At the time, every week, the assistant manager spent hours putting the schedule together using Excel. It was a long and tedious task. There was a lot of cutting and pasting involved because she had to produce multiple sheets. One for management, another for the union and several others.

Jeremy realized he could set things up so that she entered the information once and it populated all of the other formats automatically. Doing that made him realize he could get paid well for doing something similar in other workplaces.

(16.27) – What is the best career advice you have ever received? That advice came from David Neal. He has a great saying – You don’t have to ask permission to be awesome.

It does not matter what approach you take to the job. As long as the results are awesome, your boss will be happy.

For example, if you have a situation where test driving development will just take too long. Just get on with it and produce the software. Get it done and your manager will not care that you did not follow the test-driven development path.

(17.18) – Conversely, what is the worst career advice you’ve ever received? Someone once told Jeremy to just do what he was paid to do. At the time he was working as a consultant. The person he was speaking to was of the opinion that he should just do what he was hired to do. Even if he could see that the company he was working for was heading in the wrong direction.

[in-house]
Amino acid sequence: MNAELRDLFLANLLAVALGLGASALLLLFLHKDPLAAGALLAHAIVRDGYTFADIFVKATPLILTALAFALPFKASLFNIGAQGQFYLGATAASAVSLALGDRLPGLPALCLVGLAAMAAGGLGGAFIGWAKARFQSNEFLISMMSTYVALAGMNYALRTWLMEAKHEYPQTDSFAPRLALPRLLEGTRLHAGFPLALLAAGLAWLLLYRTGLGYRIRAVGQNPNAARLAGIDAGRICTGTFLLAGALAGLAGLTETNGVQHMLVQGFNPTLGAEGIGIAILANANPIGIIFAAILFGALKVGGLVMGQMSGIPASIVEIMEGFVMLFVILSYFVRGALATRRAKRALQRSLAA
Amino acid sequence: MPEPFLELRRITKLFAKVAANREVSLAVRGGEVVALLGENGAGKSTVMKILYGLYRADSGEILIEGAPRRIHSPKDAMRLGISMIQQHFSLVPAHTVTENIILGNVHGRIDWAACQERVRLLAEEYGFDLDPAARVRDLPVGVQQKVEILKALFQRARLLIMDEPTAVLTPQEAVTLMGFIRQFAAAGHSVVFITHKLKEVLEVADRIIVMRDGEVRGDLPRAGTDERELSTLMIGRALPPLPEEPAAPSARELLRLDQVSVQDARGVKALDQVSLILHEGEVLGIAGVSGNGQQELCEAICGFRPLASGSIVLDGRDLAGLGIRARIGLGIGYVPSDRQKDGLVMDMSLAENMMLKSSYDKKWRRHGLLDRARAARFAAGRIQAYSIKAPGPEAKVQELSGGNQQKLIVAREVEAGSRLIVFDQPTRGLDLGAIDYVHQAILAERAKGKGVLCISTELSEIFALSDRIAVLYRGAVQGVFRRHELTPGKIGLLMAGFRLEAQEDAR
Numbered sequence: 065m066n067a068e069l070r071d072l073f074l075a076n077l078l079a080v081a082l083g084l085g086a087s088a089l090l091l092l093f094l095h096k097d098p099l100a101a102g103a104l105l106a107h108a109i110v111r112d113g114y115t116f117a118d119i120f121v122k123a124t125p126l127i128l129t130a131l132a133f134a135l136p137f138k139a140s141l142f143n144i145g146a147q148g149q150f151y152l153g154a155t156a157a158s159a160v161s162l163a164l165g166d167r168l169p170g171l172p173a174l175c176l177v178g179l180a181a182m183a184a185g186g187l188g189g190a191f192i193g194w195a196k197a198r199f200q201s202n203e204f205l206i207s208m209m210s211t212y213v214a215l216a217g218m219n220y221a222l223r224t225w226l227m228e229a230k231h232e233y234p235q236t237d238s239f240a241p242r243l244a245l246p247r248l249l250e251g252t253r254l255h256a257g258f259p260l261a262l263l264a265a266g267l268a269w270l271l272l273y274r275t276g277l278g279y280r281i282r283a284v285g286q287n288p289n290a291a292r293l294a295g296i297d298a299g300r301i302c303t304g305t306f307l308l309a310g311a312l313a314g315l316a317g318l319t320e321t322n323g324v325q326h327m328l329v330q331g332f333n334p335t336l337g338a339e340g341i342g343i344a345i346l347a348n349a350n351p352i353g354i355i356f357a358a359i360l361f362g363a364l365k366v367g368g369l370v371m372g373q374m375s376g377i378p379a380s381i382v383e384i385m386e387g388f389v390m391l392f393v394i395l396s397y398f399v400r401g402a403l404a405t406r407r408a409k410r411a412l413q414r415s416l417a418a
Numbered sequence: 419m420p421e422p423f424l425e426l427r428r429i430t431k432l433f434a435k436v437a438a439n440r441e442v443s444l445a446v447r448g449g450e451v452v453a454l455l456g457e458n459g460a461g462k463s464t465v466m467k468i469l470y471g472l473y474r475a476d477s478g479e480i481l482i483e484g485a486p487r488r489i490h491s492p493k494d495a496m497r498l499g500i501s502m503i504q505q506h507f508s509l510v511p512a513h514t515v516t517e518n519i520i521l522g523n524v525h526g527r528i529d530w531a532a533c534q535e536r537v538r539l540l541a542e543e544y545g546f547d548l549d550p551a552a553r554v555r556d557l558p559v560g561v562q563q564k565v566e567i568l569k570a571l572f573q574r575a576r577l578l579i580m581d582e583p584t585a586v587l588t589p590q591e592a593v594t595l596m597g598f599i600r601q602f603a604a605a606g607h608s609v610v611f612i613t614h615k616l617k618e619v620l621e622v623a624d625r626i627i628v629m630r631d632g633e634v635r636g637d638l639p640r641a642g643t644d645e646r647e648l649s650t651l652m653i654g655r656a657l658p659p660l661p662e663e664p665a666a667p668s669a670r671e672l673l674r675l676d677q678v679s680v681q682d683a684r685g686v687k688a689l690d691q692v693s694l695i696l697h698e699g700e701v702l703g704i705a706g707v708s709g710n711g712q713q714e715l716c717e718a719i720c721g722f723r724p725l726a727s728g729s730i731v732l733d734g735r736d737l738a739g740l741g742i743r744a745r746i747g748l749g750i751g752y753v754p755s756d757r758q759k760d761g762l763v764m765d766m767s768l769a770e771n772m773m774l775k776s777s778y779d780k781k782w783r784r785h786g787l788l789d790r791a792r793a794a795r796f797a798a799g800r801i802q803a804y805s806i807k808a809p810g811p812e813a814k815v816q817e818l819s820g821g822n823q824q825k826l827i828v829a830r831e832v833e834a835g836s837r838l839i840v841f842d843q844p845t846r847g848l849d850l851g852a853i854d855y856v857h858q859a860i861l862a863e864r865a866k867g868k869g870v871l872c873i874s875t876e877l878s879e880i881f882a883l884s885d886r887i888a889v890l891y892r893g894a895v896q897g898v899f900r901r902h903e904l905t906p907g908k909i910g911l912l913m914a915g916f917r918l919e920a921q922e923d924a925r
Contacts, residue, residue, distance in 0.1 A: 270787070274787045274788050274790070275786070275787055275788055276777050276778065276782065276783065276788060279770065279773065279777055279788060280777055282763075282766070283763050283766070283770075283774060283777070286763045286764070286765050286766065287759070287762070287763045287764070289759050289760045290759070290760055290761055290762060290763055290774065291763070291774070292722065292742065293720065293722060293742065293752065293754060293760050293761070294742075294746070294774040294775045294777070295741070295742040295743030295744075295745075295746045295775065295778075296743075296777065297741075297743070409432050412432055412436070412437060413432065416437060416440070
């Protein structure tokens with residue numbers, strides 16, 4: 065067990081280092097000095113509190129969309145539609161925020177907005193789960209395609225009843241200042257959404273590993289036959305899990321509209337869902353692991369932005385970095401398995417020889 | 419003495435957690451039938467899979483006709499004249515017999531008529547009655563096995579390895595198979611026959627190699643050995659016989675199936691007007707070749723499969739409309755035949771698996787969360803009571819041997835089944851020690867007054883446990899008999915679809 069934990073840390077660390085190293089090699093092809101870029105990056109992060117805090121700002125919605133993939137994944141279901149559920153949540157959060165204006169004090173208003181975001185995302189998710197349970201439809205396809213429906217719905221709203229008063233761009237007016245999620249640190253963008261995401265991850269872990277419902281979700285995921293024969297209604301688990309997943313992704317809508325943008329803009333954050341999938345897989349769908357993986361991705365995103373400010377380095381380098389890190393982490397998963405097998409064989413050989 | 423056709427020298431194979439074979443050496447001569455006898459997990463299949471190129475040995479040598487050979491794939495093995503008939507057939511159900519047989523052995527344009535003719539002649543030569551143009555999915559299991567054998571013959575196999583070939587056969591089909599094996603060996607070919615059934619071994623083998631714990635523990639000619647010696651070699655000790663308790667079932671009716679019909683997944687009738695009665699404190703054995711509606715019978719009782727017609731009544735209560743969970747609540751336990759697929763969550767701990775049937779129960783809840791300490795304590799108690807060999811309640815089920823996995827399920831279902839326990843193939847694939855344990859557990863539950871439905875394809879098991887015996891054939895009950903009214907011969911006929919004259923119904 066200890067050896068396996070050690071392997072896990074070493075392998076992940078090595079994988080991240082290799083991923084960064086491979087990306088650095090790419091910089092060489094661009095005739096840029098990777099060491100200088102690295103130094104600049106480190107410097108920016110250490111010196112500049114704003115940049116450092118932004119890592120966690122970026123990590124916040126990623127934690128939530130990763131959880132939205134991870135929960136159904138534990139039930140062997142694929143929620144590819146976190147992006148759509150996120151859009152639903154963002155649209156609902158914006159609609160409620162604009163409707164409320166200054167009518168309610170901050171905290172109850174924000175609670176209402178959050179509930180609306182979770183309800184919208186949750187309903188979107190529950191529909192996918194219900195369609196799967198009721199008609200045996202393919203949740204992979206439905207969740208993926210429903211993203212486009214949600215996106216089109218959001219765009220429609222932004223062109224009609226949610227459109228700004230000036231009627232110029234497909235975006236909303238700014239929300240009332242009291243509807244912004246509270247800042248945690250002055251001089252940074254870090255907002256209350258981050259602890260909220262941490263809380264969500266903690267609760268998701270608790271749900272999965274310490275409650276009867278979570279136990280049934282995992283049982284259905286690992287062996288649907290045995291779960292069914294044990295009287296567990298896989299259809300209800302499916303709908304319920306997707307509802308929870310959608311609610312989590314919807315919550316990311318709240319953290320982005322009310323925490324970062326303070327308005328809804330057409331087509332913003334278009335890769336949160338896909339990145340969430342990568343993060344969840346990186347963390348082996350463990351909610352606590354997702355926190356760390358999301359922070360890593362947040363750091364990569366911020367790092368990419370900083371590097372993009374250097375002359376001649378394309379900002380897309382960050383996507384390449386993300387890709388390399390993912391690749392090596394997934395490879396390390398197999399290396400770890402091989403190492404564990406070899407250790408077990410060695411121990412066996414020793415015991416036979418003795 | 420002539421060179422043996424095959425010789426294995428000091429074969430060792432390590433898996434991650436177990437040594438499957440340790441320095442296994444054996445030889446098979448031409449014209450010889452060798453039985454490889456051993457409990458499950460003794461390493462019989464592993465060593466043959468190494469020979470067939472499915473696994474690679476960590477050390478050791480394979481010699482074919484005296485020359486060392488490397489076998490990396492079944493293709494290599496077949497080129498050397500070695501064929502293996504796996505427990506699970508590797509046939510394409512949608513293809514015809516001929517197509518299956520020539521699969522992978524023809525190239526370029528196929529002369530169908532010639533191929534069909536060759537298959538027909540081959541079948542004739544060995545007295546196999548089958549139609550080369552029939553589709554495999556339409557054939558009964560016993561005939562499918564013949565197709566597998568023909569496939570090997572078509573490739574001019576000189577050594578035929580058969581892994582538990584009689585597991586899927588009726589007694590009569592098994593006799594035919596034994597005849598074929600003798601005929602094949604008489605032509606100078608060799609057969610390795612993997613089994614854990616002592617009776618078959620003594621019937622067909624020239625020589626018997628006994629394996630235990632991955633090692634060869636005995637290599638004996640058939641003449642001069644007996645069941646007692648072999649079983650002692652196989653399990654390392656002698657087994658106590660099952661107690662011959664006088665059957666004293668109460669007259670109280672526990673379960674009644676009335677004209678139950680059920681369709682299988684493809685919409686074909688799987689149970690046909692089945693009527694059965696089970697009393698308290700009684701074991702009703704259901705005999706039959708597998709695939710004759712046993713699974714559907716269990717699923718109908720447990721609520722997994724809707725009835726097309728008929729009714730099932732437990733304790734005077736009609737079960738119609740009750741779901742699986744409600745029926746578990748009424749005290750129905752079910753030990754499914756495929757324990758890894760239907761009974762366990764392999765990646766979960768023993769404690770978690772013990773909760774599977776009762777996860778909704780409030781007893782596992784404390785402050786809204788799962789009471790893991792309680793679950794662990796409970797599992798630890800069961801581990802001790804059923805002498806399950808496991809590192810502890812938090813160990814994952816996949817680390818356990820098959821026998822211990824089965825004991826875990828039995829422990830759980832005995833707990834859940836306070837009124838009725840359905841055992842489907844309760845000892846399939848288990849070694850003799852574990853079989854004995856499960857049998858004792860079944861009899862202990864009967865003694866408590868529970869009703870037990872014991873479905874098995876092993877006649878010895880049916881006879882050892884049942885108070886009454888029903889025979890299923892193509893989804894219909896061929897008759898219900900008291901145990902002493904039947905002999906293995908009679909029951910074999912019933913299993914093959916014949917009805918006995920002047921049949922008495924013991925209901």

This approach is not one Jeremy feels comfortable with. Instead, he likes to dig a little deeper and get a better understanding of what he is being asked to do and why. For example, on one job he asked to go into the field to see how the software he was working on was being put to work by the end-users. The project manager appreciated that approach. As a result of finding out about the customer’s pain points were the rewrite was much better than it would have otherwise have been.

As Jeremy says, people don’t hire him to be quiet and do what he is told. They hire him because they want to tap into his problem-solving skills.

(18.44) – If you were to begin your IT career again, right now, what would you do? Jeremy would get involved with other users as soon as possible. It is a good way to learn a lot and it is a fast way to build up your network. If you do that, finding your next role becomes a lot easier.

(20.10) – What are you currently focusing on in your career? Jeremy is currently working in the training space, so his focus is there. He is doing a lot more conference work. Mostly because it is such an effective way to reach others. It feels great to stand up there, explain something and see the light bulbs go on.